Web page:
By popular demand, welcome to our new Wings-Watch service, in which Scot Goes Pop will be - as and when required - fact-checking some of the more dubious and outlandish claims made by the well-known Yoon-curious blog Wings Over Scotland, which recently raised eyebrows by announcing it was "coming back" even though it had never actually closed.
I must admit the first installment of Wings-Watch has come up a lot quicker than I expected, but it's proved necessary because the formerly Yes-supporting Wings blogger Stuart Campbell has chosen to devote his entire "comeback" (sic) blogpost to a lightly rewritten version of several of his previous posts in which he made a number of seriously dodgy claims about opinion polling, in an attempt to buttress his narrative that Nicola Sturgeon's leadership has been a failure. (Of course, the belief that Ms Sturgeon has failed is perfectly defensible and I don't fully disagree with it, but it's nevertheless important for anyone who claims their output is "journalism" to avoid making bogus or distorted claims of fact to support their arguments.)
Wings Claim #1: "Salmond became First Minister with...support for independence at 25% and falling."
VERDICT: Intentionally misleading. Mr Campbell's text links to a graph from Ipsos UK (formerly Ipsos Mori), which states in the small print that data between 1999 and 2008 comes from the Scottish Social Attitudes Survey. That survey is not comparable with standard independence polls as we know them today, because it did not ask the binary-choice question "Should Scotland be an independent country?". It instead presented independence as one of three constitutional options - a format which until very recently almost always produced lower support for independence than standard binary-choice polling. Furthermore, Don't Knows weren't removed from the Social Attitudes Survey, in contrast to the headline results from standard independence polls in the present-day which always strip Don't Knows out. Essentially Mr Campbell is presenting readers with an apples-and-oranges comparison to make it look as if Yes support increased between 2007 and 2014 far more than it actually did.
For example, there was binary-choice polling in 2007 which showed support for independence at 39.5% and opposition at 45%. With Don't Knows removed, that works out as roughly Yes 47%, No 53% - actually a smaller gap than the one recorded at the independence referendum seven years later. You'll find that pretty much any claim that independence support was lower than 30% at any point in the decade leading up to the indyref depends on the sleight of hand of not stripping out the Don't Knows from a cherry-picked poll that was particularly poor for Yes, and/or using a multi-option poll that is not comparable with current polls.
Actually, Mr Campbell has shot himself in the foot by using the Social Attitudes Survey as his baseline for independence support in 2007, because that decision alone drives a coach and horses through his narrative that Ms Sturgeon has failed to increase the Yes vote. Unlike conventional polling, the Social Attitudes Survey has found a massive increase in independence support since Ms Sturgeon became leader - it's gone from 33% in 2014 (the last survey conducted when Mr Salmond was leader) to 52% in the most recent survey in 2021. Indeed, with one exception there's been a steady year-on-year increase - since 2014, the sequence of results has been 33 - 39 - 46 - 45 - 51 - 52.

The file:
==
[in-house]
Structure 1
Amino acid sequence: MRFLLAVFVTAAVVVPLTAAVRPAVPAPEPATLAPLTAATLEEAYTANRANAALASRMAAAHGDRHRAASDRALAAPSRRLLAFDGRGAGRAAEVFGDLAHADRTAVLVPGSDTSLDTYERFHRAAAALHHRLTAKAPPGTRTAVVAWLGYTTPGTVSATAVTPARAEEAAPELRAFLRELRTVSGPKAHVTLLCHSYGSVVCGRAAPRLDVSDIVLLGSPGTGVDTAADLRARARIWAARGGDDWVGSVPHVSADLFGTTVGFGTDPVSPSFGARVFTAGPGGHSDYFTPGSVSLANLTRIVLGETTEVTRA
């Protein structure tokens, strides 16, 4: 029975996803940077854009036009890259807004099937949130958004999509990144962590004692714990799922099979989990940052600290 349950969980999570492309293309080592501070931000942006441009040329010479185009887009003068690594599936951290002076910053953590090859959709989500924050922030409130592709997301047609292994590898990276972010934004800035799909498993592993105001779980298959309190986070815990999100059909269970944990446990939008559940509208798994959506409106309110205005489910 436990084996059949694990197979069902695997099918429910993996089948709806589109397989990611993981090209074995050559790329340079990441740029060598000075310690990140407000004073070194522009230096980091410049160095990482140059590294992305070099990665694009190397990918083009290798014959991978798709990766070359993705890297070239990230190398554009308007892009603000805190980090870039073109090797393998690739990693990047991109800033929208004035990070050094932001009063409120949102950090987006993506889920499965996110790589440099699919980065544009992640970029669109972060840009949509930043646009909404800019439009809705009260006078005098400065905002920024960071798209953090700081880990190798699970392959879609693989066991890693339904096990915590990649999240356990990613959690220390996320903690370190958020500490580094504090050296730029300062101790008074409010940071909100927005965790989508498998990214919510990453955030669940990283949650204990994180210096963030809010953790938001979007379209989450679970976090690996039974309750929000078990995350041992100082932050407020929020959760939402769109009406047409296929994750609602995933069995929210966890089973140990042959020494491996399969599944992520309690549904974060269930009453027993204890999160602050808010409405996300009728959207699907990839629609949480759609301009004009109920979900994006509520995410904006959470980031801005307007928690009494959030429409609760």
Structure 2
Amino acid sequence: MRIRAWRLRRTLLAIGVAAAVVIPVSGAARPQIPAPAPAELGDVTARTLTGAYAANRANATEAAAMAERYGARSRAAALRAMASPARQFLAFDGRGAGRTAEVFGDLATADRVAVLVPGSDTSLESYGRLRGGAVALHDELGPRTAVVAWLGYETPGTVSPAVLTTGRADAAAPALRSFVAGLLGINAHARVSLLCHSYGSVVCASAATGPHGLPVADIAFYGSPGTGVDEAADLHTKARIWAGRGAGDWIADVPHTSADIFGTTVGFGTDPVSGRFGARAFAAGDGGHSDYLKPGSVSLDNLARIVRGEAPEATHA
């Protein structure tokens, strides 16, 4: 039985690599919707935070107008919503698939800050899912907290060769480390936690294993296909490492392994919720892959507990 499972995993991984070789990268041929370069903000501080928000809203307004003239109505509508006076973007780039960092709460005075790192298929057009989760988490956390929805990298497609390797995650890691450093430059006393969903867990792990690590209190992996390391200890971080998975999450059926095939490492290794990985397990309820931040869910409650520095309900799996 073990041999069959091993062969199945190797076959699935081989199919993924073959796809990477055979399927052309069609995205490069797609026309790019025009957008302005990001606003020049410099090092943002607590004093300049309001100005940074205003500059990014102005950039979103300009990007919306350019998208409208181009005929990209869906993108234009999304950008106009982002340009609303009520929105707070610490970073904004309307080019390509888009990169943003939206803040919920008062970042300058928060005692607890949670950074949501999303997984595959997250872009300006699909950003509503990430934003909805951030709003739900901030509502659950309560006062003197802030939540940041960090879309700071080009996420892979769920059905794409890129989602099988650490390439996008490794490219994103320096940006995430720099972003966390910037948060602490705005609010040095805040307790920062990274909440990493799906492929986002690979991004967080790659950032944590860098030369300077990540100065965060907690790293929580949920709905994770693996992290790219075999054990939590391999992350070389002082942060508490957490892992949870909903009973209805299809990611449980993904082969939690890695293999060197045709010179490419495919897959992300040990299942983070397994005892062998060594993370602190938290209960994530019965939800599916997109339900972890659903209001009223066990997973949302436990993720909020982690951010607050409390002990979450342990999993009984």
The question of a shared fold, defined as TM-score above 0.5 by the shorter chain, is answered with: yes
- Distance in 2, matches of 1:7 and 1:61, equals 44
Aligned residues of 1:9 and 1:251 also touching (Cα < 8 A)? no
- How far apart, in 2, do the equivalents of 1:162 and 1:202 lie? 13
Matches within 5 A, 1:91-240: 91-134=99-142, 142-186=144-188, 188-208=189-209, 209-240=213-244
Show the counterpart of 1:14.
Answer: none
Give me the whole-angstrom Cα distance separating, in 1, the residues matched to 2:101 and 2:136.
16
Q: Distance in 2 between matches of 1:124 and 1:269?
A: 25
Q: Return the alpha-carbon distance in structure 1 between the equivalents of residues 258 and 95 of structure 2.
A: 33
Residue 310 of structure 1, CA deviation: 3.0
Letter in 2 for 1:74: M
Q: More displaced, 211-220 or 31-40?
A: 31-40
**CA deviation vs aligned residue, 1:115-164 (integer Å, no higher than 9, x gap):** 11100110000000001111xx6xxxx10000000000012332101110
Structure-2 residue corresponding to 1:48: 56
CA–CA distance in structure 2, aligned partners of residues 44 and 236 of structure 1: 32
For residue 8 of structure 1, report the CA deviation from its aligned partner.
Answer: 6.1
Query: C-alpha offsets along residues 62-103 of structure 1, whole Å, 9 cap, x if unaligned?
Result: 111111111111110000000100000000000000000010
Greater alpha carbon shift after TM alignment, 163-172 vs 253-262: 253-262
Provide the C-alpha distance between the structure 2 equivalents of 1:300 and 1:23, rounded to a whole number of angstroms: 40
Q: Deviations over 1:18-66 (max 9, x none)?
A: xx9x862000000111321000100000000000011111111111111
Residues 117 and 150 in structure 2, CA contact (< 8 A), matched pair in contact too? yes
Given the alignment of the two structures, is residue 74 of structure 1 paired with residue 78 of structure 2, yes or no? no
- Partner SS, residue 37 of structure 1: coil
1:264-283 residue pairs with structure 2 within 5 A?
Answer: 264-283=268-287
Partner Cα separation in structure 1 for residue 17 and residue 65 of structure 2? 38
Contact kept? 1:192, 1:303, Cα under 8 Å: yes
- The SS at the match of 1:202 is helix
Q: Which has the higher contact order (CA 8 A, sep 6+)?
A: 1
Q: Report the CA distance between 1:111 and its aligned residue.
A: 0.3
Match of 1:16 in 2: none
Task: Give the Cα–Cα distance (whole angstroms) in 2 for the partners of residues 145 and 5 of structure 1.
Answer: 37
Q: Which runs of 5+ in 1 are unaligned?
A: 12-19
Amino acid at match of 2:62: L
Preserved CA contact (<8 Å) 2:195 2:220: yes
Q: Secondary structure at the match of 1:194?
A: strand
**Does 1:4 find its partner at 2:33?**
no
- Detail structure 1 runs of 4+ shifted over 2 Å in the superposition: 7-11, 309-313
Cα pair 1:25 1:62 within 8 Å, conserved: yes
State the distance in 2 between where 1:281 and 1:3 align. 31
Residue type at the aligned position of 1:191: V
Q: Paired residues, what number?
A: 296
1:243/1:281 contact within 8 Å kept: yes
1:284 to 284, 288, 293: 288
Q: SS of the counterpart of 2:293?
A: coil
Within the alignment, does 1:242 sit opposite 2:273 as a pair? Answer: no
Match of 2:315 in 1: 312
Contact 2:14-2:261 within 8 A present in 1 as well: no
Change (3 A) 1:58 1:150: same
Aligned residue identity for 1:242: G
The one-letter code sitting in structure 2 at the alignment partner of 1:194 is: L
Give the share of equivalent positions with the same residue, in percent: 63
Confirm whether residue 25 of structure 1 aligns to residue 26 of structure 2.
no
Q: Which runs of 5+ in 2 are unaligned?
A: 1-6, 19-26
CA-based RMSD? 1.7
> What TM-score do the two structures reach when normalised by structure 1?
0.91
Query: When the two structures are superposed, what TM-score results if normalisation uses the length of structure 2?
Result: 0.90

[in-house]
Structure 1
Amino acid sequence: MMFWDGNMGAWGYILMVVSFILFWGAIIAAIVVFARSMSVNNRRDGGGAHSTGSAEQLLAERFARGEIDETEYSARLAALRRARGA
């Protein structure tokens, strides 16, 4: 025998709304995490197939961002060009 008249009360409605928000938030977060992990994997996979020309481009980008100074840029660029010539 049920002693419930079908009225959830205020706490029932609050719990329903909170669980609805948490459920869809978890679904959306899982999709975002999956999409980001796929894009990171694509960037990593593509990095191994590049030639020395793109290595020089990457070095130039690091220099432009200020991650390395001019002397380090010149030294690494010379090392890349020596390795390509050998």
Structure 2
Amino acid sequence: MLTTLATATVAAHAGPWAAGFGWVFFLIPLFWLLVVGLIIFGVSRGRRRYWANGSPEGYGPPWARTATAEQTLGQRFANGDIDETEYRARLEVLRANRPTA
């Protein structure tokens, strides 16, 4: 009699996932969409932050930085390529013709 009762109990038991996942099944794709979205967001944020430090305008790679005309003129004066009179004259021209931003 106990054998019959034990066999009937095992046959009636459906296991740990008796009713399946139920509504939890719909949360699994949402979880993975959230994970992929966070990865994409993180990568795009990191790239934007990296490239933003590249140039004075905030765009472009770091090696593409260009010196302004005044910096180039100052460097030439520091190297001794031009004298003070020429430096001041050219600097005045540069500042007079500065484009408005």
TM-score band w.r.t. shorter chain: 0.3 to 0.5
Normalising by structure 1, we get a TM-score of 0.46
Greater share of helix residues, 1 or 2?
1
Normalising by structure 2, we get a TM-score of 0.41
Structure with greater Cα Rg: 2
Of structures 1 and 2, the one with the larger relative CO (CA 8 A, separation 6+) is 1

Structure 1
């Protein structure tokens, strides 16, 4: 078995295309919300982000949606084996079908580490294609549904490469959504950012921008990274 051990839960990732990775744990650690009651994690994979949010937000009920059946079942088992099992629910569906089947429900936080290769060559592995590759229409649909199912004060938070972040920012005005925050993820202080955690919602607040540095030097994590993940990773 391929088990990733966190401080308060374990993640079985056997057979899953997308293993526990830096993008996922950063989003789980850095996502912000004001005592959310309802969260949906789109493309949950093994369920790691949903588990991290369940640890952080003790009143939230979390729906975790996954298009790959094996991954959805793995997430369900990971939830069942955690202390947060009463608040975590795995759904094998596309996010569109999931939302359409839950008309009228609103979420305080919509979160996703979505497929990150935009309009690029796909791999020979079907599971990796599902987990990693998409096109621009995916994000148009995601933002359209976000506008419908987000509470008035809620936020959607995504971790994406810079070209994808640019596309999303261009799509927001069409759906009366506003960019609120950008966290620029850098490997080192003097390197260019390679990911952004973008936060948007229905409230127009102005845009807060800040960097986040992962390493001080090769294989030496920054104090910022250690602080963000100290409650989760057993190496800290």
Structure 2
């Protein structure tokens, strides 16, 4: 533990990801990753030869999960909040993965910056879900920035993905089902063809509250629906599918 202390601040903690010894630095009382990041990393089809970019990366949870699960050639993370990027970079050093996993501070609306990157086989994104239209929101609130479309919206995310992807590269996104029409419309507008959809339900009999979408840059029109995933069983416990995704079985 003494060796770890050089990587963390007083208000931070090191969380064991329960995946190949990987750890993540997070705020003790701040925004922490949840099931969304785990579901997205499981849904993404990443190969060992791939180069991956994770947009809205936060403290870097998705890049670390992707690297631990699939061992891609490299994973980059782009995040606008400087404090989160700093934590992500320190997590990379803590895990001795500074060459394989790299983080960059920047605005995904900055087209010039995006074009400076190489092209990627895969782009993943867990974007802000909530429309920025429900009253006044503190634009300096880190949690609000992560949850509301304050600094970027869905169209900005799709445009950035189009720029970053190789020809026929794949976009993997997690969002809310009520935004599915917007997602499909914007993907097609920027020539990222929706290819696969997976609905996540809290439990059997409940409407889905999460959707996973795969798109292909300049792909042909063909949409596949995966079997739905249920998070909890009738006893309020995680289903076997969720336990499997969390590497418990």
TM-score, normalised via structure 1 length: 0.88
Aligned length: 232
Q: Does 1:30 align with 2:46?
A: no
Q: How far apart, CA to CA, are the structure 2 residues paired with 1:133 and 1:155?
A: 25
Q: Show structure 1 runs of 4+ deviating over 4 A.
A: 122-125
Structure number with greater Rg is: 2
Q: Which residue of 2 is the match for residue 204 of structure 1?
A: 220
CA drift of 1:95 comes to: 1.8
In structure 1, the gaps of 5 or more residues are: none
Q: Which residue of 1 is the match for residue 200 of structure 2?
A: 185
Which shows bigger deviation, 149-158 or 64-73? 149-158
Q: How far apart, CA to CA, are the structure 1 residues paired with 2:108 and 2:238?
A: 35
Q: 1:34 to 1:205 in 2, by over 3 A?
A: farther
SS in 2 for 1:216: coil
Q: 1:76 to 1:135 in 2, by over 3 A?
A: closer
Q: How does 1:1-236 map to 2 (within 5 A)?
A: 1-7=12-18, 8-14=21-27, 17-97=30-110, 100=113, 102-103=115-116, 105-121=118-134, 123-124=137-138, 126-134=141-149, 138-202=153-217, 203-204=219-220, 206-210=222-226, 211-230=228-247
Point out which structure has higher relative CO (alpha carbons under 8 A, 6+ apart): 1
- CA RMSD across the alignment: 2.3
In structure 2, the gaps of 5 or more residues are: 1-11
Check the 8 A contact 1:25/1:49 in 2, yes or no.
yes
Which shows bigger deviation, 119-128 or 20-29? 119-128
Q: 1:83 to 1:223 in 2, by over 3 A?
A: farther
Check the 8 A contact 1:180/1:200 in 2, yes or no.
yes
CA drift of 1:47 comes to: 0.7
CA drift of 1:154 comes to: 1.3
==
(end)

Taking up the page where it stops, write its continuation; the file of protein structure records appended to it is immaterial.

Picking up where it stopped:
As long-term readers will know, there is no greater admirer of Alex Salmond than myself, but I nevertheless must profess myself deeply puzzled at the subtext of Mr Campbell's suggestion that independence support was "falling" when Mr Salmond became First Minister in 2007. Mr Salmond's second stint as SNP leader started in 2004, not in 2007, so if the implication is that he can take the credit for any increase in Yes support between 2007 and 2014, it would presumably be equally logical for him to take responsibility for what happened to independence support between 2004 and 2007.
Wings Claim #2: "After seven years he bequeathed Sturgeon...support for independence consistently in the lead."
VERDICT: Lie. There appears to have been only three independence polls between the independence referendum and Nicola Sturgeon becoming SNP leader. Two of those polls showed a Yes lead and one showed a No lead - so it's self-evidently untrue to claim that independence was "consistently" in the lead. Additionally, one of the two polls with a Yes lead (which ironically was commissioned by Mr Campbell himself) used a non-standard question.
Wings Claim #3: "But none of the last six independence polls, and just three of the last 30, have shown Yes in the lead."
VERDICT: Essentially a lie, with one important caveat. What I mean here is that Mr Campbell supports his claim with a screenshot from the list of independence polls from Wikipedia, but he's cynically used an out-of-date screenshot which excludes the most recent Ipsos UK poll showing a Yes majority. Below you'll find an up-to-date screenshot of the same table, taken at 6.34pm this evening, and which as you can see includes the Ipsos UK poll. So on that basis the claim that "none of the last six" polls have shown Yes in the lead is an outright lie.
The important caveat I mentioned is that the Ipsos UK poll used a non-standard question. Nevertheless, it's there in the Wikipedia list this evening and that's the list Mr Campbell is claiming as his source.
If anyone was harbouring hopes that Mr Campbell might have a greater commitment to factual accuracy now that he's "returned" (sic) from his "rest" (sic), this would not appear to be the most encouraging of starts.
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